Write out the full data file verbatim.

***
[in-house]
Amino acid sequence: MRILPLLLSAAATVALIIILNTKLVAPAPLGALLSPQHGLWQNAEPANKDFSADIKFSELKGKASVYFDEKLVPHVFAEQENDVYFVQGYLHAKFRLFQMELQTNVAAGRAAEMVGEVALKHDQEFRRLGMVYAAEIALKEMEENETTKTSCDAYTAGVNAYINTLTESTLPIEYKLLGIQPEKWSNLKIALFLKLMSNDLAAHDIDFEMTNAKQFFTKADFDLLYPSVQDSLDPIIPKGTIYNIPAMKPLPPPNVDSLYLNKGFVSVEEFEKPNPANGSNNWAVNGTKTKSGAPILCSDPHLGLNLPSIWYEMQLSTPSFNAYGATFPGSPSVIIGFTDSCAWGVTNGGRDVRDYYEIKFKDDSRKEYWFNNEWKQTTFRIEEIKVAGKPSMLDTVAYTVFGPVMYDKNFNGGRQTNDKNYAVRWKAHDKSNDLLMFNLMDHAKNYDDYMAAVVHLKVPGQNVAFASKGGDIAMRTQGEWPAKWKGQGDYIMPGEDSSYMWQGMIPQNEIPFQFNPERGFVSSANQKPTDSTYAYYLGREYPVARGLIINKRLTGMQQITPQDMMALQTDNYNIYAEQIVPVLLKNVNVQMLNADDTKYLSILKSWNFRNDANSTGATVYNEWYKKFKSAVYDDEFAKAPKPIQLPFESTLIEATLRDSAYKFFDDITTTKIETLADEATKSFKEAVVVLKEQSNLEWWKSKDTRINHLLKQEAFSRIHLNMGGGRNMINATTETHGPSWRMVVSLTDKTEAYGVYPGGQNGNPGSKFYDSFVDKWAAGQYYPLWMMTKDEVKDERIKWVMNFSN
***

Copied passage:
[in-house]
Amino acid sequence: MRILPLLLSAAATVALIIILNTKLVAPAPLGALLSPQHGLWQNAEPANKDFSADIKFSELKGKASVYFDEKLVPHVFAEQENDVYFVQGYLHAKFRLFQMELQTNVAAGRAAEMVGEVALKHDQEFRRLGMVYAAEIALKEMEENETTKTSCDAYTAGVNAYINTLTESTLPIEYKLLGIQPEKWSNLKIALFLKLMSNDLAAHDIDFEMTNAKQFFTKADFDLLYPSVQDSLDPIIPKGTIYNIPAMKPLPPPNVDSLYLNKGFVSVEEFEKPNPANGSNNWAVNGTKTKSGAPILCSDPHLGLNLPSIWYEMQLSTPSFNAYGATFPGSPSVIIGFTDSCAWGVTNGGRDVRDYYEIKFKDDSRKEYWFNNEWKQTTFRIEEIKVAGKPSMLDTVAYTVFGPVMYDKNFNGGRQTNDKNYAVRWKAHDKSNDLLMFNLMDHAKNYDDYMAAVVHLKVPGQNVAFASKGGDIAMRTQGEWPAKWKGQGDYIMPGEDSSYMWQGMIPQNEIPFQFNPERGFVSSANQKPTDSTYAYYLGREYPVARGLIINKRLTGMQQITPQDMMALQTDNYNIYAEQIVPVLLKNVNVQMLNADDTKYLSILKSWNFRNDANSTGATVYNEWYKKFKSAVYDDEFAKAPKPIQLPFESTLIEATLRDSAYKFFDDITTTKIETLADEATKSFKEAVVVLKEQSNLEWWKSKDTRINHLLKQEAFSRIHLNMGGGRNMINATTETHGPSWRMVVSLTDKTEAYGVYPGGQNGNPGSKFYDSFVDKWAAGQYYPLWMMTKDEVKDERIKWVMNFSN